Chernobyl shows Japan the difficult task ahead

Chernobyl Nuclear Power Plant.
CBS

From the initial panic at Chernobyl to the lack of a permanent solution 25 years later, it's a lesson in just how hard it is to put the nuclear genie back in the bottle.

Today, radioactivity still leaks from the crumbling structure hastily put up to cover the damaged reactor -- just as it did three years ago, reports CBS News correspondent Bill Plante, who visited the site in 2008.

"Right now the dose rate is something like 200 times over the background you'd have in Washington, D.C.," said Laurin Dodd, of Chernobyl's Shelter Implementation Plan, in 2008.

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Experts say that's about the same as 16 chest x-rays in one day -- and the effect is cumulative.

A more permanent solution to entomb the Chernobyl reactor has been planned for years. It's a massive steel dome, taller than the Statue of Liberty and wider than the St. Louis Gateway Arch.  Construction would take place at a distance because of the radiation, and then rolled into place section by section over the still deadly reactor.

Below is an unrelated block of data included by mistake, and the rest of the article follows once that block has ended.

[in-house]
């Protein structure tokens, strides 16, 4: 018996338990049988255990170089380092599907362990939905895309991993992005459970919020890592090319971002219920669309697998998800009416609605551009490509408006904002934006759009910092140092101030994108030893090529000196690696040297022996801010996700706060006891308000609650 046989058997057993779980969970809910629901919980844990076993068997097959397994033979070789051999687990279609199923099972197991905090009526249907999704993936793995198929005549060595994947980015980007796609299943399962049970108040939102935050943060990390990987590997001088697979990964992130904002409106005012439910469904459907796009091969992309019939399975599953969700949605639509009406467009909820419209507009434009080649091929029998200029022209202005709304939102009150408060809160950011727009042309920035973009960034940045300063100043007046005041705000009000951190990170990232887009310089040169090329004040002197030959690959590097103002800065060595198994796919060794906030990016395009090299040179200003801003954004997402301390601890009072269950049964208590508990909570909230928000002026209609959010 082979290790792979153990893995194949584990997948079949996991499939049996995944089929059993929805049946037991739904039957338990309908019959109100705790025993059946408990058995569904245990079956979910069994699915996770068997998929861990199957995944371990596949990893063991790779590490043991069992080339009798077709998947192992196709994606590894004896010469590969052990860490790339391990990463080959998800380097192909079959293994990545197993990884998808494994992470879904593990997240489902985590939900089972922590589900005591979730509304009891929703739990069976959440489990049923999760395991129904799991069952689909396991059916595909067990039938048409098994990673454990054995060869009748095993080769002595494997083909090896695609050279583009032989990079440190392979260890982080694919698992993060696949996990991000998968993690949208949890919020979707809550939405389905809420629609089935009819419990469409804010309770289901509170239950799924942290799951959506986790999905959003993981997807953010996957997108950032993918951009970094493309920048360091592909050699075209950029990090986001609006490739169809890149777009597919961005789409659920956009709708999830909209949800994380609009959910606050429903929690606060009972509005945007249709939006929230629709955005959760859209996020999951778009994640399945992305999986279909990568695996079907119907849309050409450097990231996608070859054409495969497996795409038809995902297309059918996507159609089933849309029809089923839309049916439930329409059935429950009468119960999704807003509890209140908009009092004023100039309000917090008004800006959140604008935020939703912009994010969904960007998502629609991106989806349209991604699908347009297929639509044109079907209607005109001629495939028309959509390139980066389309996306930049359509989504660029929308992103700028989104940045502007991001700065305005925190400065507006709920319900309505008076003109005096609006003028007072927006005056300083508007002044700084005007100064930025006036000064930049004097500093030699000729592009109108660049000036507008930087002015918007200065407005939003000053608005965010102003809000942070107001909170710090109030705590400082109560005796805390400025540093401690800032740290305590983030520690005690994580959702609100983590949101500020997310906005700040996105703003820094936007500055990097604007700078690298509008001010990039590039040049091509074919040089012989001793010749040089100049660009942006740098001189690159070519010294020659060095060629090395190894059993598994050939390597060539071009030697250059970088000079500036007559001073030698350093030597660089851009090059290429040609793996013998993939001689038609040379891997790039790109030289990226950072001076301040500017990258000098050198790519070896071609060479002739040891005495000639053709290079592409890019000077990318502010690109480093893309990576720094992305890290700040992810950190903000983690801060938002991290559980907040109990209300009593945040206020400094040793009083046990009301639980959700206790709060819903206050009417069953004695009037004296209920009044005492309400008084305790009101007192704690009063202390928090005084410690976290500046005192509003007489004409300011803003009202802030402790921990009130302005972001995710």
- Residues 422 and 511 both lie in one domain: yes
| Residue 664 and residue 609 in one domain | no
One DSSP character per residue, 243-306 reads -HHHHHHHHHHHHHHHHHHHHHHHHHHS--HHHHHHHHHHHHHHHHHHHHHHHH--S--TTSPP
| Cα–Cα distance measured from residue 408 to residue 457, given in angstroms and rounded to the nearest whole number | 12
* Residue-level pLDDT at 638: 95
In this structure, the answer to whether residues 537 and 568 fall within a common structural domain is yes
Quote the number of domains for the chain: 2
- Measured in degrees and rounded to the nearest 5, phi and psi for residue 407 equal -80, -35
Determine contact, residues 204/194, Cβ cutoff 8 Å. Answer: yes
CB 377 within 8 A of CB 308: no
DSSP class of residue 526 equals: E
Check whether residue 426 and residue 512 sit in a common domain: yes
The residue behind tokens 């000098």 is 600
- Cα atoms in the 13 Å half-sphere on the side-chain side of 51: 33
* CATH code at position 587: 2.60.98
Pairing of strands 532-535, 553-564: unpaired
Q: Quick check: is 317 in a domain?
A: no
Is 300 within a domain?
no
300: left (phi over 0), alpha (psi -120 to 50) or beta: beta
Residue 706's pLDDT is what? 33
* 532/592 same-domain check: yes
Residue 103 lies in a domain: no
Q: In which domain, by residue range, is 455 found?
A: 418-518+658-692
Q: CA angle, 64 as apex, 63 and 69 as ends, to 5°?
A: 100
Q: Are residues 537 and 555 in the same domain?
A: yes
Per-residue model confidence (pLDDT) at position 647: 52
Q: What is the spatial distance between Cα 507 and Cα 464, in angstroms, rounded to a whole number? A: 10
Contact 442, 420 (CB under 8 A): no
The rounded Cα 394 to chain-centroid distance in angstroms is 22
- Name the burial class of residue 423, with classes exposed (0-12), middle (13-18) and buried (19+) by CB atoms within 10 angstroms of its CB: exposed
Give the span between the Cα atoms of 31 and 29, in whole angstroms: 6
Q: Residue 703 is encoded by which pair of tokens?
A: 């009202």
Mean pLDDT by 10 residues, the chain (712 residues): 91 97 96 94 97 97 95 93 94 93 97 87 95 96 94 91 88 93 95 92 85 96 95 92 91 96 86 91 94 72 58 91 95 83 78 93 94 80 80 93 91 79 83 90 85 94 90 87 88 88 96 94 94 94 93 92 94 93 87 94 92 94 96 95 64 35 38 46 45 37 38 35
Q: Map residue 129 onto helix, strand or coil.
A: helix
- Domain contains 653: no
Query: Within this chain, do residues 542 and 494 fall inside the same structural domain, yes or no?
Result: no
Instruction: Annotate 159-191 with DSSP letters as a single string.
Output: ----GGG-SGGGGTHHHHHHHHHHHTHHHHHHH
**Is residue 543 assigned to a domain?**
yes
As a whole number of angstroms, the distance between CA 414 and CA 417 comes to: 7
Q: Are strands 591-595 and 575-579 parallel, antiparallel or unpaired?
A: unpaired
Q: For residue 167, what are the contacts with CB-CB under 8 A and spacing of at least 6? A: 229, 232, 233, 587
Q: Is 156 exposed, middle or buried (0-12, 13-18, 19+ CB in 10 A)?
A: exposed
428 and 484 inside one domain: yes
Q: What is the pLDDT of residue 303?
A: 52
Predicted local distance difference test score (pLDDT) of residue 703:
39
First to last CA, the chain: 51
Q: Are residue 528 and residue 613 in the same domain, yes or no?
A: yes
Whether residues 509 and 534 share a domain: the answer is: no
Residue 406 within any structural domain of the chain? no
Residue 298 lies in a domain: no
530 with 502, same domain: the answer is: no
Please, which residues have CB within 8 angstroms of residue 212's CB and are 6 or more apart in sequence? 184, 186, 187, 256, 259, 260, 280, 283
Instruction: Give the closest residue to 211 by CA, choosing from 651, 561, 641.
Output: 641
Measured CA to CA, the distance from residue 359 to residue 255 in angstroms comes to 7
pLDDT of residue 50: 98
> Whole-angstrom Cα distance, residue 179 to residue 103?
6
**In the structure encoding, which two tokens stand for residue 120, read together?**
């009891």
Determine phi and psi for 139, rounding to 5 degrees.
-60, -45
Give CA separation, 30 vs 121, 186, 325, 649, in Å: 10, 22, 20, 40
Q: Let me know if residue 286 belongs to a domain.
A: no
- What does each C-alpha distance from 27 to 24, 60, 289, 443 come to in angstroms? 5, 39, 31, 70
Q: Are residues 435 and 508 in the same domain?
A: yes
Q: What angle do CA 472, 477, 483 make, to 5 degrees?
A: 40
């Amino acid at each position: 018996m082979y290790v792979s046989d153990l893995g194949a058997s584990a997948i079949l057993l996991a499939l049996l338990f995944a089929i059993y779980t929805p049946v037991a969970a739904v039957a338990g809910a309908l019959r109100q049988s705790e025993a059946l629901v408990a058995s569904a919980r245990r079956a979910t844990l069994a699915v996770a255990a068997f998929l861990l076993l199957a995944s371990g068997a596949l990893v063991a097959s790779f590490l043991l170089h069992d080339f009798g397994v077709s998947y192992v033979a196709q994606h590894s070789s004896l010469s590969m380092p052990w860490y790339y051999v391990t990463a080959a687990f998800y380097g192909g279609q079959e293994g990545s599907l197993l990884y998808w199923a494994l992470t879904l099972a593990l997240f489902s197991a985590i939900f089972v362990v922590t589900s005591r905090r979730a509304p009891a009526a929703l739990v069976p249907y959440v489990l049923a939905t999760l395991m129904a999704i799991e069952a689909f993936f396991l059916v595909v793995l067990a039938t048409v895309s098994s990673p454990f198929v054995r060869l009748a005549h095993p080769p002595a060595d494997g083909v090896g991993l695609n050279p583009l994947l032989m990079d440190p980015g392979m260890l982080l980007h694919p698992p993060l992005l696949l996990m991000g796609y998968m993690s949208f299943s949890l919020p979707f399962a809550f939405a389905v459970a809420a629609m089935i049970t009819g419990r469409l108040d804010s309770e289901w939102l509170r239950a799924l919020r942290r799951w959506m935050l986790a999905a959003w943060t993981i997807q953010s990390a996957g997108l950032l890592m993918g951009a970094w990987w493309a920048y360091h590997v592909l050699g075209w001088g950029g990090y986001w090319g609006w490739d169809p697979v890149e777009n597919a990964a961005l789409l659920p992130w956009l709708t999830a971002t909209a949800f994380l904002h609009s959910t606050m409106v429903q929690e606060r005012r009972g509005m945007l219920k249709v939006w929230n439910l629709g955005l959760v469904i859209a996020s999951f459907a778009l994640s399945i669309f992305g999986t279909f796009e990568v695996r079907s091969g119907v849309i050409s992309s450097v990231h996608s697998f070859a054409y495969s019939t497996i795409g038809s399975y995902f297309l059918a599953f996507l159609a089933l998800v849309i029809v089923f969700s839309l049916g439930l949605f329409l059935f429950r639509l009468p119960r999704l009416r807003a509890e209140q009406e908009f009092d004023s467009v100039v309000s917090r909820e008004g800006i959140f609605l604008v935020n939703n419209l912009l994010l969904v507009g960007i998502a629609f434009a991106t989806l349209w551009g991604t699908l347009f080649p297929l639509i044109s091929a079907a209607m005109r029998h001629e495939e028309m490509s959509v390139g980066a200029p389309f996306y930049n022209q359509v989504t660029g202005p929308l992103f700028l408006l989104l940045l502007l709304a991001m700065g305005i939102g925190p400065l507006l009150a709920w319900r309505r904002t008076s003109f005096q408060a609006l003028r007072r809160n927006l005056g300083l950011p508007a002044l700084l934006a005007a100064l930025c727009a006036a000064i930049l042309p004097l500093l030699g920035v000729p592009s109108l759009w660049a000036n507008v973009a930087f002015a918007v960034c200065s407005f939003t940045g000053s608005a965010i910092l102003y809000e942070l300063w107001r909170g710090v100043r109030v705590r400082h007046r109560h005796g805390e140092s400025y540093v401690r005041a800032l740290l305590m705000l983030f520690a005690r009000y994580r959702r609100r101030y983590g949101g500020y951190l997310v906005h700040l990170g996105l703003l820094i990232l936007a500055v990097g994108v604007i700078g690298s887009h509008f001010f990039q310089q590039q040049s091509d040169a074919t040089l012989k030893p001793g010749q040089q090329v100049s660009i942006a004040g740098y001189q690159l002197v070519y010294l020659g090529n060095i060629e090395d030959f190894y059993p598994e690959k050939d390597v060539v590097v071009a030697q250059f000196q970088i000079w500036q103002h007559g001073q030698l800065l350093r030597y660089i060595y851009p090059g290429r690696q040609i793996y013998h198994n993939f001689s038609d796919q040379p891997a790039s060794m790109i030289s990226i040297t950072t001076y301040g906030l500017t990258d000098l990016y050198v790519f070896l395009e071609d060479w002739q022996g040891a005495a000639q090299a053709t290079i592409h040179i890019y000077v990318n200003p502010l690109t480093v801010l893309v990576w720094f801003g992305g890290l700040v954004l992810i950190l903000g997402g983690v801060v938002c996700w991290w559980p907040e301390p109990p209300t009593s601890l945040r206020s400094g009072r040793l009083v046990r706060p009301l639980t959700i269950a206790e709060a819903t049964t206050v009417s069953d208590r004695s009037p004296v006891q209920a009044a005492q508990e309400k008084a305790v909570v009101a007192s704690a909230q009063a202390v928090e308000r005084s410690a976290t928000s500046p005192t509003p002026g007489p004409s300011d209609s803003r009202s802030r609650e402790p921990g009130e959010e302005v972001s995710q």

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But the dome hasn't yet begun to take shape. The U.S. and the European Union are still struggling to raise the $2 billion it will cost.

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In Japan, the Fukushima complex will also have to be entombed, and the radiation levels will make that very difficult.

"These reactors are never going to be used again," said James Acton, of the Carnegie Endowment's Nuclear Policy Program. "They're going to have to be entombed for a significant length of time before anything's able to be done about them."

And in Japan, officials are dealing not with just one rogue reactor, but six of them.

"I would hope that we would be able to clean those up with less difficulty than we faced with the one reactor at Chernobyl, but I don't know," said nuclear energy expert Professor Cham Dallas, of the University of Georgia. "With the twists and turn, I don't know that that's a guarantee."

That still unfinished containment dome at Chernobyl is only projected to last 100 years. And Chernobyl, like the Japanese plant at Fukushima, will remain radioactive -- and deadly -- for thousands of years.

  • Bill Plante

    Bill Plante is a CBS News Senior White House Correspondent